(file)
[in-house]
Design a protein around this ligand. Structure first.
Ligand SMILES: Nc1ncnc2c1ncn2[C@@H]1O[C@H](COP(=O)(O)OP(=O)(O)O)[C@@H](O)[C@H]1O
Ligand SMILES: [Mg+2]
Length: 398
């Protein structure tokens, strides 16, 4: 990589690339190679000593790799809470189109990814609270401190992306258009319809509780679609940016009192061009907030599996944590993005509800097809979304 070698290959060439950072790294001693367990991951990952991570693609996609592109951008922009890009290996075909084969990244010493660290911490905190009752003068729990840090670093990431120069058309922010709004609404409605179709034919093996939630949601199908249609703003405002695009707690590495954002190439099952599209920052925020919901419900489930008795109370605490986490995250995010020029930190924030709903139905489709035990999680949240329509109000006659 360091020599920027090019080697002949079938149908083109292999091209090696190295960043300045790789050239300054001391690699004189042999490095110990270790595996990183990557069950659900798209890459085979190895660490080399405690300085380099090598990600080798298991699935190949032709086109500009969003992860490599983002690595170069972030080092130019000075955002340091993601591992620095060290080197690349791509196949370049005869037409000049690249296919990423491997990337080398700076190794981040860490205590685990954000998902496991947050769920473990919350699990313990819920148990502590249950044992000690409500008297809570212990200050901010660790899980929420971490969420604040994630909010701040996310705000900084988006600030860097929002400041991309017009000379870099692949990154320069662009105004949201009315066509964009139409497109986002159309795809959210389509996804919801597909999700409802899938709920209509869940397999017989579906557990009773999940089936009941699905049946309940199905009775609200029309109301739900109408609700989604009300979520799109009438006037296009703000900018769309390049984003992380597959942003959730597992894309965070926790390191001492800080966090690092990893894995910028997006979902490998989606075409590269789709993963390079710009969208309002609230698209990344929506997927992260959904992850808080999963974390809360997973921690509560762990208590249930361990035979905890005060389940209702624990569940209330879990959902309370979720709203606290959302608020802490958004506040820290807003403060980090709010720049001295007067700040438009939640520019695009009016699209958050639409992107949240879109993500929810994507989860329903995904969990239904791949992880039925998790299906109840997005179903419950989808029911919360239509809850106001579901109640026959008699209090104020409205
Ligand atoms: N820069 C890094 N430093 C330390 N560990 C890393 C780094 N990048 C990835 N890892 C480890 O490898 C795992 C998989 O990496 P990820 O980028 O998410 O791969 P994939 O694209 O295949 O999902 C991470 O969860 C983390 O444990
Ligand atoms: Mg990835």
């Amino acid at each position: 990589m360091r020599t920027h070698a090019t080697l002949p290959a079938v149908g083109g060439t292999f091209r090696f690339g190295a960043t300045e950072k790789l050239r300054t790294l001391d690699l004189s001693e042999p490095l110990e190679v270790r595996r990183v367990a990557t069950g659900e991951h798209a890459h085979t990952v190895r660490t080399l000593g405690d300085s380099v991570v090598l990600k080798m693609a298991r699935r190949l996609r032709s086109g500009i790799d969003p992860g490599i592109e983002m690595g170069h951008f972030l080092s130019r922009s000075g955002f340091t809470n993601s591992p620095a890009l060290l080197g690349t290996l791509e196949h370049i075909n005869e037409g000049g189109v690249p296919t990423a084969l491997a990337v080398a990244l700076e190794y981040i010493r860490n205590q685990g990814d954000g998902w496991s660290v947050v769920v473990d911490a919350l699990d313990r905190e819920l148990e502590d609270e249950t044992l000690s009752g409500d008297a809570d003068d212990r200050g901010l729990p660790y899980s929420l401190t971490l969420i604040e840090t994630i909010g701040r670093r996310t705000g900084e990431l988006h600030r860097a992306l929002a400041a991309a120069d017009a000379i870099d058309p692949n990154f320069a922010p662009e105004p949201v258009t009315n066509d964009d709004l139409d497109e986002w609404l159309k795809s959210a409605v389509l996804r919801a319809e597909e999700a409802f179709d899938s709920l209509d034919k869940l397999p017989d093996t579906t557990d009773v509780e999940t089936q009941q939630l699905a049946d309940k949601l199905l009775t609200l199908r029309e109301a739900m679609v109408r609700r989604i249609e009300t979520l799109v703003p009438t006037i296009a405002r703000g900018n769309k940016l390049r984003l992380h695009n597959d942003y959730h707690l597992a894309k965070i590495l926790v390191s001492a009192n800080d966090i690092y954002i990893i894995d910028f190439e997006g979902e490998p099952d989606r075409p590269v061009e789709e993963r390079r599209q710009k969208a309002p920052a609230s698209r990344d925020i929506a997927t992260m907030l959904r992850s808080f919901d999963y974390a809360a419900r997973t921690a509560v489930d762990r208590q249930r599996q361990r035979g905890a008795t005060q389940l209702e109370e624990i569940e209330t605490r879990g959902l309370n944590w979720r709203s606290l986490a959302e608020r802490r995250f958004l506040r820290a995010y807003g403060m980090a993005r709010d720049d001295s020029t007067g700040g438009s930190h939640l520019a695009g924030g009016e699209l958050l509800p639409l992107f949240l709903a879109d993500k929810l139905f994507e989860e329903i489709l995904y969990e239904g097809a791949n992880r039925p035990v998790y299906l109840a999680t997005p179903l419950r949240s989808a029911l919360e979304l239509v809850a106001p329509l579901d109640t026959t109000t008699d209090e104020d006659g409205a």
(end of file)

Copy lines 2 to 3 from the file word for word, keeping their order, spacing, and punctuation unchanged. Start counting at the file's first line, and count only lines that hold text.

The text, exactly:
Design a protein around this ligand. Structure first.
Ligand SMILES: Nc1ncnc2c1ncn2[C@@H]1O[C@H](COP(=O)(O)OP(=O)(O)O)[C@@H](O)[C@H]1O